The main findings are:
(i) This approach confirms very strong racial disparities in mortality rates, not far out of line with the estimates provided by direct measures.
(ii) For Latino/Hispanic and Asian populations, those disparities mostly disappear once education and occupation are controlled for.
(iii) By contrast, for African-American and First Nations populations, the disparity is very robust. Surprisingly, it is barely affected by controlling for occupation, income, poverty rates, or – importantly – even access to healthcare insurance, so those factors do not seem to be an important source of the disparity.
(iv) One factor that does seem to be significant for the African-American disparity is the pre-COVID-19 use of public transport – at least for April, when the partial correlation between mortality and public transit is very strong. Harris (2020) builds a strong case that the subway was a crucial element in the early spread of COVID-19 in New York City, but that the effect dissipated as ridership dropped, and these results are consistent with that (even when New York City is dropped).
These negative results for African Americans and First Nations people can at least help narrow down the search for the source of the disparities. Important candidates that cannot be ruled out at present include:
(i) Disproportional employment in ‘essential’ occupations that cannot be done from home. Despite the insignificant effect of occupations in the regressions above, these occupational effects could still be a reason for the disparity because the county occupational categories in the American Community Survey are very crude;8 this may be the reason occupational variables show no significant results (even though they were very significant for the other two minorities).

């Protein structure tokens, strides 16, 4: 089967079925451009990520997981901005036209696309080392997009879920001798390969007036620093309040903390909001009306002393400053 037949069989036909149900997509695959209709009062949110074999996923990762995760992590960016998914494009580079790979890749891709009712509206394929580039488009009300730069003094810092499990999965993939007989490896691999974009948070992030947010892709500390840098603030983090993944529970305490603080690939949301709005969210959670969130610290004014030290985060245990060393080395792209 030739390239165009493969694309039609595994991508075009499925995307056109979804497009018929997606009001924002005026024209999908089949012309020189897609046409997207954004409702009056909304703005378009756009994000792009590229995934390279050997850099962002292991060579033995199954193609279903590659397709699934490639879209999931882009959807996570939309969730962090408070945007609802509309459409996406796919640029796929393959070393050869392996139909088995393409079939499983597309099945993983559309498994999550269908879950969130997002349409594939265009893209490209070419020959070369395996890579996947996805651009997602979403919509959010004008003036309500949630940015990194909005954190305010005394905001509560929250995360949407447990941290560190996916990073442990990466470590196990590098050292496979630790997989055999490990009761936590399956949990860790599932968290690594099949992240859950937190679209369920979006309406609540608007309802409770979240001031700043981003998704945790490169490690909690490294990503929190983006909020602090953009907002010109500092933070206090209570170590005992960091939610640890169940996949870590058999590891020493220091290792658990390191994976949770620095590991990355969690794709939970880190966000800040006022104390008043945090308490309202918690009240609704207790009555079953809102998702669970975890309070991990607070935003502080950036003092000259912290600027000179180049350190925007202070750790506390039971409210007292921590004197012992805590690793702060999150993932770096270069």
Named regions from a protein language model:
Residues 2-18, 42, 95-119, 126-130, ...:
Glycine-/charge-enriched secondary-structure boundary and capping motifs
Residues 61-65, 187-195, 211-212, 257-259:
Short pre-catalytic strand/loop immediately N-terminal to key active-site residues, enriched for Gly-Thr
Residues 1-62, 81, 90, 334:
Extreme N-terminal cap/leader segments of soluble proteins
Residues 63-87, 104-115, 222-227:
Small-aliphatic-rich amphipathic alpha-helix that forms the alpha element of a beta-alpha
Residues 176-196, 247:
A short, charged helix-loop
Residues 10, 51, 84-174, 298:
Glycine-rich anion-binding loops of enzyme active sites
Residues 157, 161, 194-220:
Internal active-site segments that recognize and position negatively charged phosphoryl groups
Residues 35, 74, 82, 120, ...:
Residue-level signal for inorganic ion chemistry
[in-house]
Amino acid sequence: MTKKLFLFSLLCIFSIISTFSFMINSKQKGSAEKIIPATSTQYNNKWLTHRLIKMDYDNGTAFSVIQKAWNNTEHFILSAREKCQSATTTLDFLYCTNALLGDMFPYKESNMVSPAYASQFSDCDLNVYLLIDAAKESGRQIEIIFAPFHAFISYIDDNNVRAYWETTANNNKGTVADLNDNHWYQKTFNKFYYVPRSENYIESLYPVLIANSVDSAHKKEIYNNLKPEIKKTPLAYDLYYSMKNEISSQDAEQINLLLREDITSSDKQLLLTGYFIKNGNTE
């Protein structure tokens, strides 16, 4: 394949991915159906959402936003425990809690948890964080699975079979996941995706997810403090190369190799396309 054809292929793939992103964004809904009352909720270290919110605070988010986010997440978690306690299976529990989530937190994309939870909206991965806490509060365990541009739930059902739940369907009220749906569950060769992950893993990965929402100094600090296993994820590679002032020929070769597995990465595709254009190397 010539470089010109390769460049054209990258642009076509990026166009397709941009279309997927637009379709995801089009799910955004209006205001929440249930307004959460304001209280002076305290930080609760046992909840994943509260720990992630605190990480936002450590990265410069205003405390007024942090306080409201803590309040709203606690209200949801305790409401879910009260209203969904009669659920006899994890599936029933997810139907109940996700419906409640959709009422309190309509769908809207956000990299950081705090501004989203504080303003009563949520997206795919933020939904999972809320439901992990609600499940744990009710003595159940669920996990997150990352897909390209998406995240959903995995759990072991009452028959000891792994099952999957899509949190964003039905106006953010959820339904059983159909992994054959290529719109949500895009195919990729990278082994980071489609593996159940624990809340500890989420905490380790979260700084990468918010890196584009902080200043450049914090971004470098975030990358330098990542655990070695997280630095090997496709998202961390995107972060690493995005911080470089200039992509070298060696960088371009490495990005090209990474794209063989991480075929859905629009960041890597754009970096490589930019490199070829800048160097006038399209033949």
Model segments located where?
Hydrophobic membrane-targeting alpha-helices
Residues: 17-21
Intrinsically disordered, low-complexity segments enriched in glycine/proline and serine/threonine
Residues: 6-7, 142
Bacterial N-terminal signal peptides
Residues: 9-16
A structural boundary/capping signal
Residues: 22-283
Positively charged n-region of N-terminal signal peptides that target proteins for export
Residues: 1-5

(ii) Residential density. Emeruwa et al. (2020) study every woman admitted for labour and delivery at two New York hospitals over several weeks. As required by law, every one of these patients was tested for COVID-19, making this an ideal sample for studying the correlates of positivity. The authors found that the strongest predictor of COVID-19 positivity was whether or not the patient lived in a neighbourhood with a high average number of people per dwelling. This variable mattered far more than neighbourhood income or population density. Unfortunately, the data do not include race, so it is an open question whether this is a source of the disparity or not.
(iii) Environmental racism. Wu et al. (2020) study the effect of county-level particulate matter in the air on COVID-19 death rates and find alarmingly strong effects. Together with the abundant evidence on environmental hazards disproportionately located in minority neighbourhoods, this seems as if it could be a reason for the disparities. However, the study separately controls for the Black population share and finds that it has just as strong an effect as the studies that do not control for pollution.9 This seems to rule out particulate matter as the underlying source of the disparity in death rates, but there are many other forms of environmental harm that could be explored in a similar manner.
The inequities of COVID-19 are grotesque. Nailing down which mechanisms are most at fault can help focus attention on which policies are needed to address them. So far, the exact mechanisms have been elusive.